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24.02.2017

Teilnehmer gesucht

Kernspinstudie zu Allgemeinwissen, Intelligenz und Persönlichkeit. Interessenten (ab 35 Jahren) können sich telefonisch (0234/32 21775) oder per eMail (nkwipem@gmail.com) für die Studie anmelden. mehr

10.03.2017

Teilnehmer gesucht

Studienteilnehmer (Männer) für Neuro-Studie zur Bewertung von #Selfies auf Facebook gesucht. mehr

Contact

Ruhr-Universität Bochum
Fakultät für Psychologie
AE Biopsychologie
GAFO 05/618
D-44780 Bochum

Phone: +49 234 - 32 28213
Fax: +49 234 - 32 14377

Email: biopsychologie@rub.de
Homepage: http://www.bio.psy.rub.de


News & Views

Biopsychology Retreat in Nuremberg

On the 28th of July 2017, the Biopsychology and the Avian Cognitive Neuroscience lab as well as our guests Olga Lazareva & Martin Acerbo (of course incl. Valerie) departed towards the Nuremberg zoo for our yearly retreat. Our friend and colleague Lorenzo von Fersen had invited us to use their facilities for our presentations on the question “What is it that you would like to discover in the next year(s)?” We started in the afternoon with a firework of presentations by diverse groups and individuals. In the evening we jointly visited the traditional restaurant Barfüßer to get accustomed to Bavarian food and kegs of Bavarian beer. On the next morning we had some more talks and then visited the zoo and could participate in an experiment on magnetic perception in dolphins. Towards the late afternoon we all travelled back to Bochum. Everybody deeply enjoyed our stay and we all were convinced that our next retreat should last one day longer.

 

News & Views

Do emotions control our cognition?

Hemispheric asymmetries are a major organizational principle in human emotion processing, but their interaction with prefrontal control processes is not well understood. In the present study, researchers from the biopsychology lab, the University of Münster and the University of Wellington in New Zealand use a lateralized emotional paradigm to assess cognitive control processes and recorded ERP components. Electrophysiologically, Nogo-P3 responses were greater for emotional than for neutral stimuli, an effect driven primarily by an enhanced response to positive images. Hemispheric asymmetries were also observed, with greater Nogo-P3 following left versus right visual field stimuli. However, the visual field effect did not interact with emotion. We therefore find no evidence that emotion-related asymmetries affect response inhibition processes.

 

Ocklenburg, S., Peterburs, J., Mertzen, J., Schmitz, J., Güntürkün, O., & Grimshaw, G. M. (2017). Effects of Emotional Valence on Hemispheric Asymmetries in Response Inhibition. Symmetry9(8), 145.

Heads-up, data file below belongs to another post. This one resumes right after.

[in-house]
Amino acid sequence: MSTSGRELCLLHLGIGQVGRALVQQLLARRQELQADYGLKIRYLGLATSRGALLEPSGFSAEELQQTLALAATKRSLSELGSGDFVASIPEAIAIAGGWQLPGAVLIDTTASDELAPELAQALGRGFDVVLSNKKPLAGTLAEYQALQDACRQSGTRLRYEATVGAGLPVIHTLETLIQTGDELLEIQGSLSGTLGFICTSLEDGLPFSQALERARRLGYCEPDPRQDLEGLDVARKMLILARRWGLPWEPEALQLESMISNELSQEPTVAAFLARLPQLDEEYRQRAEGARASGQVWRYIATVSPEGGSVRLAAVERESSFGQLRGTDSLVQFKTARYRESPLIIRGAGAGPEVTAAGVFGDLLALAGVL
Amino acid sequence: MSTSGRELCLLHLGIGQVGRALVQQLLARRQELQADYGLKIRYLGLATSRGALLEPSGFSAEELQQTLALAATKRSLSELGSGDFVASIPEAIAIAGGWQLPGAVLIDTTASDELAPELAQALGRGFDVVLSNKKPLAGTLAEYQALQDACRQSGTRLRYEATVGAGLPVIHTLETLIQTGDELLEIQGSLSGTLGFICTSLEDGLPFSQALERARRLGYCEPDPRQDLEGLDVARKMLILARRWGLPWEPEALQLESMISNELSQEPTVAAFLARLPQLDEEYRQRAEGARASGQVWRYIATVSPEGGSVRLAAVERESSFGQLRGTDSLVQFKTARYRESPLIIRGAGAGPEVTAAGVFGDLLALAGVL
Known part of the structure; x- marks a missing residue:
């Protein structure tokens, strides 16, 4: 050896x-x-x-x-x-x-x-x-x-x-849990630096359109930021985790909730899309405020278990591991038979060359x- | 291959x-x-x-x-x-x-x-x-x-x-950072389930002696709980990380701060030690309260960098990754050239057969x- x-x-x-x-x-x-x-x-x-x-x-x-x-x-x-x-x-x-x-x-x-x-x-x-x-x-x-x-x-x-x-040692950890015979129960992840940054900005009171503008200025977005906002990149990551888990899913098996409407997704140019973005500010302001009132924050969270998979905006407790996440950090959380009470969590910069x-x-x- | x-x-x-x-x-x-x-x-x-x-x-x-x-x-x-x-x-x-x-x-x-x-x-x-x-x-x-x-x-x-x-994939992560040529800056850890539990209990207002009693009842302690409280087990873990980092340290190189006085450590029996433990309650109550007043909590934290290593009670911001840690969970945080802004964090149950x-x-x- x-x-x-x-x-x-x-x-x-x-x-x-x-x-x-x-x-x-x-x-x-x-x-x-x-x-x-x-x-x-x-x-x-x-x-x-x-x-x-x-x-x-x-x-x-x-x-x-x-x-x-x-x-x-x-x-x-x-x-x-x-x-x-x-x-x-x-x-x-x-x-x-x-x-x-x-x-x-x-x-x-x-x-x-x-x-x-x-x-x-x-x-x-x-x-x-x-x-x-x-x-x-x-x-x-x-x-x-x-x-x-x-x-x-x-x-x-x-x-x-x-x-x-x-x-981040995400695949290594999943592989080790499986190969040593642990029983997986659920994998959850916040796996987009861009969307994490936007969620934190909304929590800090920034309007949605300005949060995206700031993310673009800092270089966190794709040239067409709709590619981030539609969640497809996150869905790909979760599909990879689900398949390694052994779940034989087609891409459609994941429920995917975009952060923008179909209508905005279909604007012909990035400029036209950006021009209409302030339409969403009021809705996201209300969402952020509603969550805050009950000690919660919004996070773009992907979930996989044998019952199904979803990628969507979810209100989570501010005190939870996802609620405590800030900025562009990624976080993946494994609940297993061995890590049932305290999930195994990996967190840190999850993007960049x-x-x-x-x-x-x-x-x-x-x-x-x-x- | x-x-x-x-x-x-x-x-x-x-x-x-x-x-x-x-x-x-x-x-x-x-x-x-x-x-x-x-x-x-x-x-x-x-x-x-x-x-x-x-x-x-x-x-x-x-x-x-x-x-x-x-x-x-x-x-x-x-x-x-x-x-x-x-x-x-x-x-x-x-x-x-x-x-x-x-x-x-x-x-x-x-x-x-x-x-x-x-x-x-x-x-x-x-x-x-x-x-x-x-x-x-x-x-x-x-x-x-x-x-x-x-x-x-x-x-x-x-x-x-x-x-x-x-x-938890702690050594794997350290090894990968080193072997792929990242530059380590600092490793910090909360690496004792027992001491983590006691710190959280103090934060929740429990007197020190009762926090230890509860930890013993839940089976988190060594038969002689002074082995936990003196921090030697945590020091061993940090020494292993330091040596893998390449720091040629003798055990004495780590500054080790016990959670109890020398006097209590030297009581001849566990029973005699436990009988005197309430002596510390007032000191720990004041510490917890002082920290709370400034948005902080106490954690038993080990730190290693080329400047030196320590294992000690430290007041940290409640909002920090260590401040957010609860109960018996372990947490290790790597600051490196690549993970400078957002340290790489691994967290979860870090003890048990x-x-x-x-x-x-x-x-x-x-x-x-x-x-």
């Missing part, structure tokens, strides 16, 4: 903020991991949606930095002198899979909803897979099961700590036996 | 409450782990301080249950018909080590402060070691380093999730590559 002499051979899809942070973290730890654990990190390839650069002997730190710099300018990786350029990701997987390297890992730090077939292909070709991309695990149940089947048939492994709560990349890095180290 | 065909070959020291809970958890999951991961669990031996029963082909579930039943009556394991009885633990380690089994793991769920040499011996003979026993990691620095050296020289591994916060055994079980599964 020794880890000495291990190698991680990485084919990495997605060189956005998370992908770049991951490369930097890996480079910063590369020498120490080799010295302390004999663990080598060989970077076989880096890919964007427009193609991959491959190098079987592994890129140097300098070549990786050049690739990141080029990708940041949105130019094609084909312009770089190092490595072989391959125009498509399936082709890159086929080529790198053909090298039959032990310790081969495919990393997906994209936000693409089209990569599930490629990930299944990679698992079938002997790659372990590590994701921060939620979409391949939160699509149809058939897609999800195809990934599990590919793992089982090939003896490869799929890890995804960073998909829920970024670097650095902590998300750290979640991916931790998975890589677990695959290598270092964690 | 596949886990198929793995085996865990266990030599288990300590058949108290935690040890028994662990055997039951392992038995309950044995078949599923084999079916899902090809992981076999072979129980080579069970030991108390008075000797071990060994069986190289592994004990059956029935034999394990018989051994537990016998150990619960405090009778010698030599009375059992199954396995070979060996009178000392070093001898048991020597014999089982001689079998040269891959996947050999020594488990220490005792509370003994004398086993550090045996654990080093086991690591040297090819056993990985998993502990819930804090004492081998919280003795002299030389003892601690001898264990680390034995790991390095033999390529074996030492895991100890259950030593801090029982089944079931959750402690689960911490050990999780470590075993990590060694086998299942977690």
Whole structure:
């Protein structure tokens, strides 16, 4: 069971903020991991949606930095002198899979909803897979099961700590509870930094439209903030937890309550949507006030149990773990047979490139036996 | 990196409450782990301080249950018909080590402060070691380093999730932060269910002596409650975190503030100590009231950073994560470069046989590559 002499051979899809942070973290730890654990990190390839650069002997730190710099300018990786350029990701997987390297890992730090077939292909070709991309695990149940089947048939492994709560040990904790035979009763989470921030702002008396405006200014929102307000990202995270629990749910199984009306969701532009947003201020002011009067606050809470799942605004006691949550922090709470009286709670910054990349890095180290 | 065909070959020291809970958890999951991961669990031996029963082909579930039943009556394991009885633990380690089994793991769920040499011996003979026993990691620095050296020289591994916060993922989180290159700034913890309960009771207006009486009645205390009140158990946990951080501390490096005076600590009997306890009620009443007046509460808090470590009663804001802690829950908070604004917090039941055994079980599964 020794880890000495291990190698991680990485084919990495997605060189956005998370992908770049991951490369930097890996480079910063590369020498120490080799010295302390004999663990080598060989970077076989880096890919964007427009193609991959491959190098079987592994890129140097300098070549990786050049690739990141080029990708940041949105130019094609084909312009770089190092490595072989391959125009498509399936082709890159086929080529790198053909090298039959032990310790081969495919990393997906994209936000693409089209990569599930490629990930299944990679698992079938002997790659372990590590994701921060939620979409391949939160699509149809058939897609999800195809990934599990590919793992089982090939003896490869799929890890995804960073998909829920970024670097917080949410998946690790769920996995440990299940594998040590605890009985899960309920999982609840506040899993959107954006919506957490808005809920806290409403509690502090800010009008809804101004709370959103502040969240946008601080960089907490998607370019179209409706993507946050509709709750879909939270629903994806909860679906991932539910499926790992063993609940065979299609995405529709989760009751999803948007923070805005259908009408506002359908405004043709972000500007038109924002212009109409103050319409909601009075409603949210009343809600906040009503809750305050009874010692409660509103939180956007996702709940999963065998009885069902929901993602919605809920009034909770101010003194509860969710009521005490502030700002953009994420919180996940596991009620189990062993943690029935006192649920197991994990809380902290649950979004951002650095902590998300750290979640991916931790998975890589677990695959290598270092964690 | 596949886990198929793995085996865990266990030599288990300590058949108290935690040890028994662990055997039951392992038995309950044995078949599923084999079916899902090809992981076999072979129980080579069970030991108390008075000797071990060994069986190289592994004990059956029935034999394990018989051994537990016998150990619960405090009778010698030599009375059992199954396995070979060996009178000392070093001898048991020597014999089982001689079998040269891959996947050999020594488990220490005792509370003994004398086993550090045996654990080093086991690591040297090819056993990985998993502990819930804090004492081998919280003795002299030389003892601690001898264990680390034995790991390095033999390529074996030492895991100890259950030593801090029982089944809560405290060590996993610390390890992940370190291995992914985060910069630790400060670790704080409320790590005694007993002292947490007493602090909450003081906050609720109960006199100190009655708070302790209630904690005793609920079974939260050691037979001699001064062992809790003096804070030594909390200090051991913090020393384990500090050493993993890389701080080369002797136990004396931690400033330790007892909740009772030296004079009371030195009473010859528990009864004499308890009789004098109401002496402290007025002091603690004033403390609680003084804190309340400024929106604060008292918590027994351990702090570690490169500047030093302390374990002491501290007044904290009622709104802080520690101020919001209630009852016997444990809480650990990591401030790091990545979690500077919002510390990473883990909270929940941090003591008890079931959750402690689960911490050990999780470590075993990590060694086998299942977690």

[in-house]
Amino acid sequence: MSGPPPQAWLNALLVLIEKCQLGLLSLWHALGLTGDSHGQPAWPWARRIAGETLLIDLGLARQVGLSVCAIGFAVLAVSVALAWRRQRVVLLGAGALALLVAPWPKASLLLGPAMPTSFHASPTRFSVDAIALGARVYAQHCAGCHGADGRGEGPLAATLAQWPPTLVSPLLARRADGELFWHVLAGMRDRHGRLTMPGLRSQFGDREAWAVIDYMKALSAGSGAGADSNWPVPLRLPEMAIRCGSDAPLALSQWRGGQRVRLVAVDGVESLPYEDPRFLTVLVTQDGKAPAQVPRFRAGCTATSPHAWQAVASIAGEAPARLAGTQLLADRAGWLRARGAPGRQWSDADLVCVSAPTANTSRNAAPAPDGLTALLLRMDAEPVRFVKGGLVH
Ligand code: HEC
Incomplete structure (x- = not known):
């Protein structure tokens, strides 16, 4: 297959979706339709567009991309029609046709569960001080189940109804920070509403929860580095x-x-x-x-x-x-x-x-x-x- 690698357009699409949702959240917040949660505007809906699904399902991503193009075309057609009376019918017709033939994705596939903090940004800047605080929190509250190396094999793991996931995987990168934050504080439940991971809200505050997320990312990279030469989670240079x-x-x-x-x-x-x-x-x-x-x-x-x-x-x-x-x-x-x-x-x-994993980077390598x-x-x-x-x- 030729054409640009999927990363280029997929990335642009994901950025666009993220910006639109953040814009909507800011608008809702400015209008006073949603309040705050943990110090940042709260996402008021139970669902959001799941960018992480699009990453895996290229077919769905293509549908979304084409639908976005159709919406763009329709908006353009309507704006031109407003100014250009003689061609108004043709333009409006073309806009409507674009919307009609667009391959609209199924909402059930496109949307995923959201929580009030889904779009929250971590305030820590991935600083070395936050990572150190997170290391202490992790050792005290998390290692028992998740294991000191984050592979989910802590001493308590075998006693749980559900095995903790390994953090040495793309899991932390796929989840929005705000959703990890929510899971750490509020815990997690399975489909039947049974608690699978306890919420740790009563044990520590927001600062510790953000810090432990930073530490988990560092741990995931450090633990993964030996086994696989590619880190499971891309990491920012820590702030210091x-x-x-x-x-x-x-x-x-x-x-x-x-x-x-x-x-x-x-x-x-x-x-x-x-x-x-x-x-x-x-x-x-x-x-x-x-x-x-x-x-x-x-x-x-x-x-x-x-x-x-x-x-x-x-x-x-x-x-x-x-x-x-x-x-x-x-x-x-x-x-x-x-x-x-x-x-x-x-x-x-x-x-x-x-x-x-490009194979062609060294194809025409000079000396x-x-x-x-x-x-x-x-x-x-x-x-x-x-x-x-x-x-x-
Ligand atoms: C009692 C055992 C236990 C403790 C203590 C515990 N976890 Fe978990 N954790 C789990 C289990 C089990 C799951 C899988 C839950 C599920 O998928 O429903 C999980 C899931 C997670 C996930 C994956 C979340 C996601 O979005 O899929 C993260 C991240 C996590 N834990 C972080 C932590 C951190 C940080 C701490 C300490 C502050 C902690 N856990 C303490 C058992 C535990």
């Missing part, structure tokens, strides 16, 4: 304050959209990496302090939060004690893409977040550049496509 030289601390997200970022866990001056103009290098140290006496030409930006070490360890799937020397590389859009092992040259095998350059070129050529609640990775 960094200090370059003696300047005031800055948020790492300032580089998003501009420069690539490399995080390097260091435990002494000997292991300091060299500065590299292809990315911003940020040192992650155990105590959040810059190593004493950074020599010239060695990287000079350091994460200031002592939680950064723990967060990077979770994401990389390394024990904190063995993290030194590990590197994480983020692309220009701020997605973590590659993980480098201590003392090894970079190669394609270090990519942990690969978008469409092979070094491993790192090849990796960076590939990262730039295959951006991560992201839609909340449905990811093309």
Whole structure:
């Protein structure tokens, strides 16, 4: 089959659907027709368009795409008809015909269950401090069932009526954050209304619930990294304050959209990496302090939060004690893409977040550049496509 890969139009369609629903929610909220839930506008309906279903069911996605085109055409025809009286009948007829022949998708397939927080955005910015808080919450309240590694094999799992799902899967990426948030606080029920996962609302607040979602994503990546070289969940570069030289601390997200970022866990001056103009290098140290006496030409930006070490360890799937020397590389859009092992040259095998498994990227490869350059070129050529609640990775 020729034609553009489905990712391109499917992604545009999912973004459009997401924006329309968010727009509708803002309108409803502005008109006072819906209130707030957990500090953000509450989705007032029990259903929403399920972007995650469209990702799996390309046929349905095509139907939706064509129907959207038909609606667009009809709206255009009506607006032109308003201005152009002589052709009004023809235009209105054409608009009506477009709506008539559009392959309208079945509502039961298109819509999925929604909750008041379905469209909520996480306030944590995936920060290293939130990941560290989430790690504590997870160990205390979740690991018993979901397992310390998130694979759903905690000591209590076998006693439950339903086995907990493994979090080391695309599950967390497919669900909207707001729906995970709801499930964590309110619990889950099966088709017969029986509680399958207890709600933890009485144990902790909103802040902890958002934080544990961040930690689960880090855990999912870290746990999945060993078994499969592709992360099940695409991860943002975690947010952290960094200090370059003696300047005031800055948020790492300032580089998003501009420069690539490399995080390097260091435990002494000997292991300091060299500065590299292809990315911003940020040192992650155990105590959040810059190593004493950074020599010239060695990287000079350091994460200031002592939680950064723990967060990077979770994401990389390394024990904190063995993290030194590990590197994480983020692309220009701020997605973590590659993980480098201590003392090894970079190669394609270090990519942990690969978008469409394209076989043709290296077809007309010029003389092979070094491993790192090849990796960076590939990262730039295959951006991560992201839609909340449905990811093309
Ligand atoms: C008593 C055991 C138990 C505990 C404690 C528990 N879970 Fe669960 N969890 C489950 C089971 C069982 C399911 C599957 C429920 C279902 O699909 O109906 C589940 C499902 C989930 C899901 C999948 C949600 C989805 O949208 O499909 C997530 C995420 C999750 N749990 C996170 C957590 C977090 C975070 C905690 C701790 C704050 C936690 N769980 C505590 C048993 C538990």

News & Views

The Functional Genetics of Handedness and Language Lateralization

Handedness and language lateralization have often been thought to share a common ontogenetic basis. Although specific genetic influences contributing to each phenotype have been identified, no gene has been found to be involved in both phenotypes. However, it is still possible that genes associated with handedness and genes associated with language lateralization share similar gene functions. Here, a group of researchers from the biopsychology lab conducted gene ontology analyses to identify the amount of overlap in functional gene groups between the phenotypes. Results showed that genes associated with handedness are involved in anatomical structure development, pattern specification (especially asymmetry formation) and biological regulation. Genes associated with language lateralization are involved in responses to different stimuli, nervous system development, transport, signaling, and biological regulation. While “handedness genes” mostly contribute to structural development, genes involved in language lateralization rather contribute to activity dependent cognitive processes. This finding has been confirmed by disease association analysis revealing that genes associated with handedness are involved in with diseases affecting the whole body, while genes associated with language lateralization were specifically involved in mental and neurological diseases. These findings further support the idea that handedness and language lateralization are ontogenetically independent, complex phenotypes.